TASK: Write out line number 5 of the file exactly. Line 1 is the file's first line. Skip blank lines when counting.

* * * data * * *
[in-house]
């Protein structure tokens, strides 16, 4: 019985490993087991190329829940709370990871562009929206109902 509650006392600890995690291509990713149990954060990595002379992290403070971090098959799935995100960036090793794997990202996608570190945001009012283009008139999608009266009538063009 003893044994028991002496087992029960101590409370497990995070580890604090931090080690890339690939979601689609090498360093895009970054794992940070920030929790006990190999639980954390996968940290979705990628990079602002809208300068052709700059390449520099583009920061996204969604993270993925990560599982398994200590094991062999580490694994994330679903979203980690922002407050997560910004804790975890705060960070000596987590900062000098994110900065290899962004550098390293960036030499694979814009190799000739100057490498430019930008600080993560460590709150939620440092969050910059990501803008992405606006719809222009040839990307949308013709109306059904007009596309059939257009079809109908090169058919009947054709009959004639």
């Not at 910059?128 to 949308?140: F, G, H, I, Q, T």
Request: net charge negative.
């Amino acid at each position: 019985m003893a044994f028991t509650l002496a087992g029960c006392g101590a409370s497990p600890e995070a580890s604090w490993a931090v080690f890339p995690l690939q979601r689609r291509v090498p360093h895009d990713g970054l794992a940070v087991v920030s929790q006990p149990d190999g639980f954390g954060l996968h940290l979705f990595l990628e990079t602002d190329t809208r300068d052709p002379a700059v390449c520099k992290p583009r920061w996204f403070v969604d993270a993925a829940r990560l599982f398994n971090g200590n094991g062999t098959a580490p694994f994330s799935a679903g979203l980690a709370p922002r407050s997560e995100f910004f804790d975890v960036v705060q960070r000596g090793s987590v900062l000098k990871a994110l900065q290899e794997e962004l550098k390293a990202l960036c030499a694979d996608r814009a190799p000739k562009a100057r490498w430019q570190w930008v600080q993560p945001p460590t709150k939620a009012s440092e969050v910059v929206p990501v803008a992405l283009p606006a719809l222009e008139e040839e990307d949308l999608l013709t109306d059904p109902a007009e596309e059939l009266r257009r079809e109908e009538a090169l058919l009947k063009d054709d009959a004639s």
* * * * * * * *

């Amino acid at each position: 019985m003893a044994f028991t509650l002496a087992g029960c006392g101590a409370s497990p600890e995070a580890s604090w490993a931090v080690f890339p995690l690939q979601r689609r291509v090498p360093h895009d990713g970054l794992a940070v087991v920030s929790q006990p149990d190999g639980f954390g954060l996968h940290l979705f990595l990628e990079t602002d190329t809208r300068d052709p002379a700059v390449c520099k992290p583009r920061w996204f403070v969604d993270a993925a829940r990560l599982f398994n971090g200590n094991g062999t098959a580490p694994f994330s799935a679903g979203l980690a709370p922002r407050s997560e995100f910004f804790d975890v960036v705060q960070r000596g090793s987590v900062l000098k990871a994110l900065q290899e794997e962004l550098k390293a990202l960036c030499a694979d996608r814009a190799p000739k562009a100057r490498w430019q570190w930008v600080q993560p945001p460590t709150k939620a009012s440092e969050v910059v929206p990501v803008a992405l283009p606006a719809l222009e008139e040839e990307d949308l999608l013709t109306d059904p109902a007009e596309e059939l009266r257009r079809e109908e009538a090169l058919l009947k063009d054709d009959a004639s």